Changes to Australia’s student visa program – 1 July 2016

Australia's student visa program is changing.

Australia’s student program is changing substantially in the 2016-17 financial year. The legislation isn’t yet firmly in place, but there will be a lot of change. Read on to find out what’s happening.

Changes to Australia’s student visa program

The changes won’t affect current international students holding visas just yet. But the changes will ostensibly include:

  • The collapsing of all current visa subclasses into one single visa category
  • A rationalisation of the relevant criteria which the DIBP uses to assess student genuineness
  • An increase in the amount of assessed living costs to $19,830.00 for primary students (up from $18,610.00)
  • The introduction of a new visa condition requiring overseas students to maintain enrolment at the same or a higher level of the qualification for which they were granted a visa
  • The introduction of ‘streamlined evidentiary requirements’ depending on the level of risk associated with the student’s country of origin
  • … among other things.

What the student visa program changes may mean

Without seeing the legislation and underlying policy, it is difficult to form a meaningful view yet about what the changes will mean to our international student body. Certainly, the framework as it currently stands is a complicated one, particularly the matrix the DIBP uses to assess genuineness, and we welcome any improvements that can be made to this.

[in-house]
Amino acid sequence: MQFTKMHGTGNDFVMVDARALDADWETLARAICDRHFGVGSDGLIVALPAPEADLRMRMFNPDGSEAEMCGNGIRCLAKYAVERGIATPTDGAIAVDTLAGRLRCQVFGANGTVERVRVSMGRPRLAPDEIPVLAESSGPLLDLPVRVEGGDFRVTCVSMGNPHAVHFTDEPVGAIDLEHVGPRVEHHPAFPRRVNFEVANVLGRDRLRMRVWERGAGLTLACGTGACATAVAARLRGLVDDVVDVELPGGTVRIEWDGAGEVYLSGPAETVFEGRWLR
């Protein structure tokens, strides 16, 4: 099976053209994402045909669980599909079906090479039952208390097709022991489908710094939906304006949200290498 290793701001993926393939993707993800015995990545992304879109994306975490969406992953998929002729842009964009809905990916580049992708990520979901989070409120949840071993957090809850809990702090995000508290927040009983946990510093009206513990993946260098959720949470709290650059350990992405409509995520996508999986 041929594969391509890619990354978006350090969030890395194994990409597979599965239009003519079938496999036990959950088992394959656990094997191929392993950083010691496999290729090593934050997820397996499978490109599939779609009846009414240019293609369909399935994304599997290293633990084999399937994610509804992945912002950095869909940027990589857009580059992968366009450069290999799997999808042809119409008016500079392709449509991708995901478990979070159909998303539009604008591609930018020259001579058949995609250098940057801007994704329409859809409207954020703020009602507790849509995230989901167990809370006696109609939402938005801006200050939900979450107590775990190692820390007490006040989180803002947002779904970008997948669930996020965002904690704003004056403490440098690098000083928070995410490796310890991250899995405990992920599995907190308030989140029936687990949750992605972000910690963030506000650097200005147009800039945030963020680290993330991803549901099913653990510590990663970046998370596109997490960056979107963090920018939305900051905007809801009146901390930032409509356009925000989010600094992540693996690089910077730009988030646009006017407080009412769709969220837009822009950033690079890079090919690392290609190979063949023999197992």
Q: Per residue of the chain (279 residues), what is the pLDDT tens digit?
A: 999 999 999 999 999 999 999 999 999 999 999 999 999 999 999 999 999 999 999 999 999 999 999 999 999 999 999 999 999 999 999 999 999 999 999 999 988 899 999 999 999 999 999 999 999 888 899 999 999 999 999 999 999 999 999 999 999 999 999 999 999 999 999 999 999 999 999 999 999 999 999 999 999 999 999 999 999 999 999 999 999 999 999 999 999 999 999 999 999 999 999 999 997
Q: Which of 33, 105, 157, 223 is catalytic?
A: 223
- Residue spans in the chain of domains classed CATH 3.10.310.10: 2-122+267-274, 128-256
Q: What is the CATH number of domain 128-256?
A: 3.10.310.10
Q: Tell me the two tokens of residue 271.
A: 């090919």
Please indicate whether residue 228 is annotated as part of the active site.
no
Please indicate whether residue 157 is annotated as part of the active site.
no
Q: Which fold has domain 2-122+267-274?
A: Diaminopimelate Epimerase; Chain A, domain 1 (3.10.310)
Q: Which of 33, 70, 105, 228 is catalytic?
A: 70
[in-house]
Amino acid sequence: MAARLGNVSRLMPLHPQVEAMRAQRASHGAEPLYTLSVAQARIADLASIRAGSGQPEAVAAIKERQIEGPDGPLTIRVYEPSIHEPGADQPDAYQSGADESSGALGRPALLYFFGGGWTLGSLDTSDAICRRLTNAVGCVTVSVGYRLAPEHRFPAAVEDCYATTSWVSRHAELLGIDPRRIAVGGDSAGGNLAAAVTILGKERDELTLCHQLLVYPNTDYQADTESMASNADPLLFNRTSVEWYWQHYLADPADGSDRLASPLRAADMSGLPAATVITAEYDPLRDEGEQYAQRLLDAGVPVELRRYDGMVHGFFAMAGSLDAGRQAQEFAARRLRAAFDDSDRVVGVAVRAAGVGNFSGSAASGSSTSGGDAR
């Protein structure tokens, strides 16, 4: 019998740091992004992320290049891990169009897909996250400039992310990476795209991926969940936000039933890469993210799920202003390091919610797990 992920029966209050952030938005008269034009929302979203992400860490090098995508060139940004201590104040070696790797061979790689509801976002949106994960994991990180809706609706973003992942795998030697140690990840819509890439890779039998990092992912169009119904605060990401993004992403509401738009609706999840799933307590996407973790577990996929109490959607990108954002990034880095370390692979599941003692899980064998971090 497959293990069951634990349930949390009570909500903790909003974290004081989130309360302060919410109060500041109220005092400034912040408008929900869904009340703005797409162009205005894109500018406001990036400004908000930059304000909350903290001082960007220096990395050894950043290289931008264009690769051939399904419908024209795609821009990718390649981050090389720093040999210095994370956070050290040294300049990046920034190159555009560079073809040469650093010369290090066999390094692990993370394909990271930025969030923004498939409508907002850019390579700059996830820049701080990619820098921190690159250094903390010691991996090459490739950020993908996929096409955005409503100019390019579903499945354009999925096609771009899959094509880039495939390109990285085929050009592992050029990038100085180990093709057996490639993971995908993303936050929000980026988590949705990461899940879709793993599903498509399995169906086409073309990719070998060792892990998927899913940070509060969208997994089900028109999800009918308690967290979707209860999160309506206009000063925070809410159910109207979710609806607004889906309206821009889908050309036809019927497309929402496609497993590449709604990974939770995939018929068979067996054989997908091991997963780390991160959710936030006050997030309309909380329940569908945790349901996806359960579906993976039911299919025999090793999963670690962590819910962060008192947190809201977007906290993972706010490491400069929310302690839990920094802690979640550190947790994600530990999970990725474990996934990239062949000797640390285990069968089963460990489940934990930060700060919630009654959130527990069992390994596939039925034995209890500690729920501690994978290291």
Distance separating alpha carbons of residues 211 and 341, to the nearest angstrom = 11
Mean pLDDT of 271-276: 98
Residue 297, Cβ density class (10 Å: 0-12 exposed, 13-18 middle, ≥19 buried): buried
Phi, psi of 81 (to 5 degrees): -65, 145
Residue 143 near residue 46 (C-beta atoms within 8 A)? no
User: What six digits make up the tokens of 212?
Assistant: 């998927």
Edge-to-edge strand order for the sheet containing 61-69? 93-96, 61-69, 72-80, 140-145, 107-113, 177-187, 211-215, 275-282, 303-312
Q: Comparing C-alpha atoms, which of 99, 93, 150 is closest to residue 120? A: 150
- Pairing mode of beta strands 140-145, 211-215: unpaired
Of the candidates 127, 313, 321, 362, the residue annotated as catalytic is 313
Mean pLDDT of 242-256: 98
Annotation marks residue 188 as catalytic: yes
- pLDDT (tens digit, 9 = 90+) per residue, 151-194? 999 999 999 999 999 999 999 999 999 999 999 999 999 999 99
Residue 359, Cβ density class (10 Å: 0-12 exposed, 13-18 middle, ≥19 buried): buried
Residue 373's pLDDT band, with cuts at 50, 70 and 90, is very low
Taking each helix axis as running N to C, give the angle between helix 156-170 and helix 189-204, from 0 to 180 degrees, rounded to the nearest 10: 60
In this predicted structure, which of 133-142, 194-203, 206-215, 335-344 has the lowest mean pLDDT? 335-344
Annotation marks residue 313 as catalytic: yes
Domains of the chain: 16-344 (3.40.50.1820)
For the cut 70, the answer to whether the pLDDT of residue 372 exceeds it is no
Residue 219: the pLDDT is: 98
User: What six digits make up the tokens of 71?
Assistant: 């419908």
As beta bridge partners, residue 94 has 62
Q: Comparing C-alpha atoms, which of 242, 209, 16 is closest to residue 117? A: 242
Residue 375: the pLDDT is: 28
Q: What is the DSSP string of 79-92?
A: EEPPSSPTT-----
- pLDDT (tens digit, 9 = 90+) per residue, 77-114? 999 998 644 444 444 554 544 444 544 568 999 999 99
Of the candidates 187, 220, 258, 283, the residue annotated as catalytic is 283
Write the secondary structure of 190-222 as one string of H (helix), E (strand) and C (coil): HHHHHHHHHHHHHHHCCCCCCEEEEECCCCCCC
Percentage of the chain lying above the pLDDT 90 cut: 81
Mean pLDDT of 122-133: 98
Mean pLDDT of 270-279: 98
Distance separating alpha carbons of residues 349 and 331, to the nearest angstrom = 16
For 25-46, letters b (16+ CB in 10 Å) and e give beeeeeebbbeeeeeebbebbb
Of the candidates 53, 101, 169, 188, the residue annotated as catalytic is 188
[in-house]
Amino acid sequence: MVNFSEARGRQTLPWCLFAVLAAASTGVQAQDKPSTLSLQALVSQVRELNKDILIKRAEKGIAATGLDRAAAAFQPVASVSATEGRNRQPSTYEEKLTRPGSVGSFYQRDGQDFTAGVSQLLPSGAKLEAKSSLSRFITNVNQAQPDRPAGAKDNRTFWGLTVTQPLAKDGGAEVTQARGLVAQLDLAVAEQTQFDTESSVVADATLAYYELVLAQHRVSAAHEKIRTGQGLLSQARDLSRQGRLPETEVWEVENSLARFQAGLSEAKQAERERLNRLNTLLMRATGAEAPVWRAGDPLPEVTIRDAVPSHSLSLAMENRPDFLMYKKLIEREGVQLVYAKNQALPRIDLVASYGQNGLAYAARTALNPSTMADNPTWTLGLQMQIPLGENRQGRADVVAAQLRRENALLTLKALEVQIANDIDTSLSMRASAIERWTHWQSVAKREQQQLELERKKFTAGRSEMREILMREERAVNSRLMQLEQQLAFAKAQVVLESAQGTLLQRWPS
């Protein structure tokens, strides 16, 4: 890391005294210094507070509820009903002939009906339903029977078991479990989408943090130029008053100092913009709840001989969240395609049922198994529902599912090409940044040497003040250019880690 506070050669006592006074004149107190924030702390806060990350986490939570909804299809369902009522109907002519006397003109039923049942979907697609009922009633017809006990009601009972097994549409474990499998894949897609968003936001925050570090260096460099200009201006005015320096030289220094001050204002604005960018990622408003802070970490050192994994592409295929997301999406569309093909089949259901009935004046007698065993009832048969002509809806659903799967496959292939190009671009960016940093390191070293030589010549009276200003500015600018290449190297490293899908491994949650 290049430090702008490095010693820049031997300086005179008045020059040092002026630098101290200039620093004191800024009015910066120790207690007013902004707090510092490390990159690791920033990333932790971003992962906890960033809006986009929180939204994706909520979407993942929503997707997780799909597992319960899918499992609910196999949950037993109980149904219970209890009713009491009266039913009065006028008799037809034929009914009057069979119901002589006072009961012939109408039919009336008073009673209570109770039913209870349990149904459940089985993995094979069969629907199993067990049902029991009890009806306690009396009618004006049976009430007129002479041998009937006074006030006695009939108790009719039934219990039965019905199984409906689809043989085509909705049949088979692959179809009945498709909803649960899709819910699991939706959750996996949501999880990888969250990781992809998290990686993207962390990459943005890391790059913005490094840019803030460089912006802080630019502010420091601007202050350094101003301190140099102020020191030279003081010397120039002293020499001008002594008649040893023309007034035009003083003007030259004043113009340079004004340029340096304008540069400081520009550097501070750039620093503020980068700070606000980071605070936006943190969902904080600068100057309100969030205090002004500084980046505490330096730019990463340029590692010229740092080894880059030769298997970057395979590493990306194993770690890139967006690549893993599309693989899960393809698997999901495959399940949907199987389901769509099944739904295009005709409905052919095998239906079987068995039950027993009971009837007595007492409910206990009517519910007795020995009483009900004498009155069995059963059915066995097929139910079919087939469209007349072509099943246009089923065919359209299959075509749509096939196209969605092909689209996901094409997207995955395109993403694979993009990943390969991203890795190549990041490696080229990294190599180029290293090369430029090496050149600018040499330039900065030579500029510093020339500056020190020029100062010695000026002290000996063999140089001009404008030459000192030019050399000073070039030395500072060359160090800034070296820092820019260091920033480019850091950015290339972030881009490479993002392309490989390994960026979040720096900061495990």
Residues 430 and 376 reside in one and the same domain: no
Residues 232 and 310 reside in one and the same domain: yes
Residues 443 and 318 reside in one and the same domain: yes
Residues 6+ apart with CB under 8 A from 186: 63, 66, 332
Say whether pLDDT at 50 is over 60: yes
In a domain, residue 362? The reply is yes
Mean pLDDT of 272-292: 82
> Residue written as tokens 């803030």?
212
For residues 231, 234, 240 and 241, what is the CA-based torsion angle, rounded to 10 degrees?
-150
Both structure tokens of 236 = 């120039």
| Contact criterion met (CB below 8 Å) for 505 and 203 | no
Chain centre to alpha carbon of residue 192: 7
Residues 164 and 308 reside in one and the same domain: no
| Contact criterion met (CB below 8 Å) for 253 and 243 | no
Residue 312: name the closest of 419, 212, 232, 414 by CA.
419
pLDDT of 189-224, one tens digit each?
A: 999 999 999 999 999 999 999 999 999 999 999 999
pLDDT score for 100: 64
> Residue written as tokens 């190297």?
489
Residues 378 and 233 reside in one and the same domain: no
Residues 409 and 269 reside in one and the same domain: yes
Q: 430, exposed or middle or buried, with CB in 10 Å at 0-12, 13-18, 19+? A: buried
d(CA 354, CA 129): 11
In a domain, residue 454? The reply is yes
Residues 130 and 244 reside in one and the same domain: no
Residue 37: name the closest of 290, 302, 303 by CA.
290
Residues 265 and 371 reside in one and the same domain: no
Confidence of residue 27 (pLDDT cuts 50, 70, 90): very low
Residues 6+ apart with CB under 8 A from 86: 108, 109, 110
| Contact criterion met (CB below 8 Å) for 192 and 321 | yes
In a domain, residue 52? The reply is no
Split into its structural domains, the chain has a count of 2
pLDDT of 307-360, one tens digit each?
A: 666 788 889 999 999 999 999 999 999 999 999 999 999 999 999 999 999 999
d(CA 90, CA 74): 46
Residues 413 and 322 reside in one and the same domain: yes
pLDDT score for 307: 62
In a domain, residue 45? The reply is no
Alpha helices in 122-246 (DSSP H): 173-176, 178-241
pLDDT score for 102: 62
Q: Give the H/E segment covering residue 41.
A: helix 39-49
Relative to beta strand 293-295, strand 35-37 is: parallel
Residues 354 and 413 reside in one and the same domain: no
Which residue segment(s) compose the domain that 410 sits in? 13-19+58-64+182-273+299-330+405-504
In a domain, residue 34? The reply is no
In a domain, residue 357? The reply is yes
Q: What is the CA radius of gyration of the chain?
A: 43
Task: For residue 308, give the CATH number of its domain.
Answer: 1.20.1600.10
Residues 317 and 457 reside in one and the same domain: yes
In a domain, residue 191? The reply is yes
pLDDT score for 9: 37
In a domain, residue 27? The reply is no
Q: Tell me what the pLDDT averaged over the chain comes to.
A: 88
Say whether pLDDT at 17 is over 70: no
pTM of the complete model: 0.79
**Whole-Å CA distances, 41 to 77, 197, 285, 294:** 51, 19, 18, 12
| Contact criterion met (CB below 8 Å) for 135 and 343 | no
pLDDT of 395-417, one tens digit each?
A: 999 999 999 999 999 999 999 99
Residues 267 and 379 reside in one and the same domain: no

On the other hand, it does seem that what has been announced in terms of assessing risk for the international student cohort is similar to what is already legislated. It will be interesting to see what, if any changes in real terms there will be to the DIBP’s legislative armoury in assessing applications.

Certainly, the apparent introduction of a new visa condition preventing backwards enrolment is a positive development. What will be interesting is to see whether the DIBP actually uses that from a compliance perspective (as well as their existing power to refuse further substantive visa applications where there is non-compliance with visa conditions on a student visa).

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